|Image of Hong Kong flu virus virions, the H3N2 subtype of the influenza A virus responsible for the flu pandemic of 1968-1969. (Credit: CDC/ Dr. Fred Murphy)|
The Oregon Immunization Program uses data from the ALERT Immunization Information System (IIS) to monitor the number of Oregonians receiving flu vaccinations throughout the 2013-14 influenza season. Snapshots of that information, updated weekly, are presented on this page.
Learn more about the ALERT IIS
Additional seasonal influenza surveillance updates
are available from the Oregon Public Health
Division’s Flu Bites
This is the final set of weekly charts for seasonal influenza immunizations in Oregon. As of Feb. 4th, the January surge in immunizations is over. From this point to the end of the influenza season only low levels of new immunizations are expected. To date over a million influenza immunizations have been reported to ALERT for this season. The total for both reported and non-reported influenza immunizations is expected to exceed 1.4 million.
Through the second week of January influenza immunizations strongly surged in Oregon. This surge may be a product of increased public awareness of influenza cases in their communities as well as from substantial news reports about the influenza season. While the January surge in influenza immunization appeared as a novel event in the 2012-2013 season, the current results make for two January surge years in a row. Perhaps a trend for late season immunization is developing. The surge includes some young children receiving their second dose for the season, but is also spread more broadly among young and middle-aged adults.
The second week of January also marks a milestone, as over one million influenza immunizations for Oregonians in the current season have been reported to ALERT. The current season is on track for a record number of influenza immunizations administered and reported to ALERT.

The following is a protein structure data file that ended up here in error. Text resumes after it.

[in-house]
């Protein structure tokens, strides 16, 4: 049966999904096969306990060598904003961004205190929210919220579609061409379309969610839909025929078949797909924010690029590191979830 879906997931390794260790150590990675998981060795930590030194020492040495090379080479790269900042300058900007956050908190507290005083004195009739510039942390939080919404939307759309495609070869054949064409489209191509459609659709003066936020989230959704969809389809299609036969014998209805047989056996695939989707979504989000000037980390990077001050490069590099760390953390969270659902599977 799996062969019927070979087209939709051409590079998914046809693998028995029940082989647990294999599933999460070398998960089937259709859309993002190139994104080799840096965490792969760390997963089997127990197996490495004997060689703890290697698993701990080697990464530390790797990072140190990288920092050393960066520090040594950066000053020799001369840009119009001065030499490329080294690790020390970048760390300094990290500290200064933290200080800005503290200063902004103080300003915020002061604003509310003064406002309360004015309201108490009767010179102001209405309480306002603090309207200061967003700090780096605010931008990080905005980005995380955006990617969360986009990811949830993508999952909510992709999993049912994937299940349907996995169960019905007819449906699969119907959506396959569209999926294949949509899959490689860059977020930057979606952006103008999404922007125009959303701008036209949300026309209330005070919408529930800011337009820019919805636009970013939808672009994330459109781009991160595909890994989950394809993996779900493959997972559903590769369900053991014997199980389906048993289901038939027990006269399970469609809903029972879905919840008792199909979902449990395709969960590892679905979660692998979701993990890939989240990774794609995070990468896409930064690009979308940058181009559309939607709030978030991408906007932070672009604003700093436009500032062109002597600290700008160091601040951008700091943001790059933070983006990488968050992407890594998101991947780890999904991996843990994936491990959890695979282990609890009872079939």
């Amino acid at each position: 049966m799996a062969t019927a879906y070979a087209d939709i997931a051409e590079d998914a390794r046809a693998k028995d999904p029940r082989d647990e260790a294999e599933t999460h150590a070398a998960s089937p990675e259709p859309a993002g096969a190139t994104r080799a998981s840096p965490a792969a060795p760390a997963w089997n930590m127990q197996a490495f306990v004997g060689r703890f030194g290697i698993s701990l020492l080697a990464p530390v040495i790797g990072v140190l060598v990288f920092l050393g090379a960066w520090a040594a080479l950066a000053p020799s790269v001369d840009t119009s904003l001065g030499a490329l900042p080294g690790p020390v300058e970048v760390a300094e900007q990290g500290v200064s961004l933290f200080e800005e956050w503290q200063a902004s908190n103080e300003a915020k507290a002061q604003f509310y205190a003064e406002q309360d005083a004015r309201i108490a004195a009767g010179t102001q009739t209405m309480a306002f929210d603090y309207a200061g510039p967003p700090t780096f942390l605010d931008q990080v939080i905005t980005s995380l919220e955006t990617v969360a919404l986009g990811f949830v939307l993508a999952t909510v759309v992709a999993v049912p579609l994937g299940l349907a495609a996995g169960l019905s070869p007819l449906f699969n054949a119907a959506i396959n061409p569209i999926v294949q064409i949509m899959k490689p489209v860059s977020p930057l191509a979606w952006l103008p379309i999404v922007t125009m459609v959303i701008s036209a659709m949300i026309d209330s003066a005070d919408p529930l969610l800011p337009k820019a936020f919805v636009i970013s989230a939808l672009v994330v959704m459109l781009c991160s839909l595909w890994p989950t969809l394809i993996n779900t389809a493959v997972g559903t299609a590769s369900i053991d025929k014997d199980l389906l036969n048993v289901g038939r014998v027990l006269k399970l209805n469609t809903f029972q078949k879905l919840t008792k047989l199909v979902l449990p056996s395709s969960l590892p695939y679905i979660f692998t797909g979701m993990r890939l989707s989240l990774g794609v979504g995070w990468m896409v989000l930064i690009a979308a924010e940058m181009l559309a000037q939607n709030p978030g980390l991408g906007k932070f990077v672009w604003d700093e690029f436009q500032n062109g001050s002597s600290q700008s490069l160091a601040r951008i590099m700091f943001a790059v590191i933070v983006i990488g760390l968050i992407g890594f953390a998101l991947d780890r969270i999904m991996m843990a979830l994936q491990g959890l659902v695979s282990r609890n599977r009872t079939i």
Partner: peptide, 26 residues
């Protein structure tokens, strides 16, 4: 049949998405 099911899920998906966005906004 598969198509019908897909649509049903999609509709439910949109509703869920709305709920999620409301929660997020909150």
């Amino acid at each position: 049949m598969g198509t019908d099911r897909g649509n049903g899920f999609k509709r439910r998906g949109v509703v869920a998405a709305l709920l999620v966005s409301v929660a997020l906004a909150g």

For the end of 2013, weekly influenza immunizations dropped across Oregon. However in January a strong surge in delivery appears to have developed. It is likely that increased community awareness and media reporting of influenza disease, hospitalization, and death are driving the current surge in January immunizations. In the last season, 2012-2013, a strong surge in immunization occurred in January that may have been related to media reports. However in 2011-2012 there was no January surge. For this week the charts of influenza immunizations have been extended out to March of 2014. Along with the comparison to the last season, (2012-2013), the season prior to that has also been added, (2011-2012). As a caveat, increases from 2011-2012 to the present represent both increased ALERT reporting by providers as well as increases in vaccination.
For the last week of 2013, influenza immunization totals continued to drop in Oregon. The open question going into January is whether increased community awareness and media reporting of influenza disease, hospitalization, and death will drive a surge in January immunizations. In the last season, 2012-2013, a strong surge in immunization occurred in January that may have been related to media reports. However in 2011-2012 there was no January surge. For this week the charts of influenza immunizations have been extended out to March of 2014, and along with the comparison to the last season, (2012-2013), the season prior to that, (2011-2012), has been added. As a caveat, increases from 2011-2012 to the present represent both increased ALERT reporting by providers as well as increases in vaccination.
As of week 51, (Dec. 15th to Dec. 21st) the total volume of influenza immunizations reported to ALERT remains at or above the levels observed in the 2012 to 2013 season. December immunizations remained steady through Dec. 21st. This is in contrast to the prior season, where a sharp peak and subsequent falloff occurred in December.
For this week we have included a chart of age groups by when they receive influenza immunizations. As December demand for immunization is steady, the question is who is getting immunized late in the immunization season. In past seasons, December and later immunizations have been skewed toward teens and younger adults. This season is following the same pattern, with teens and young adults twice as likely to get immunized in November or December than are seniors. A possible factor may be that influenza immunization for these younger groups is influenced by media accounts of flu and the presence of disease in local communities.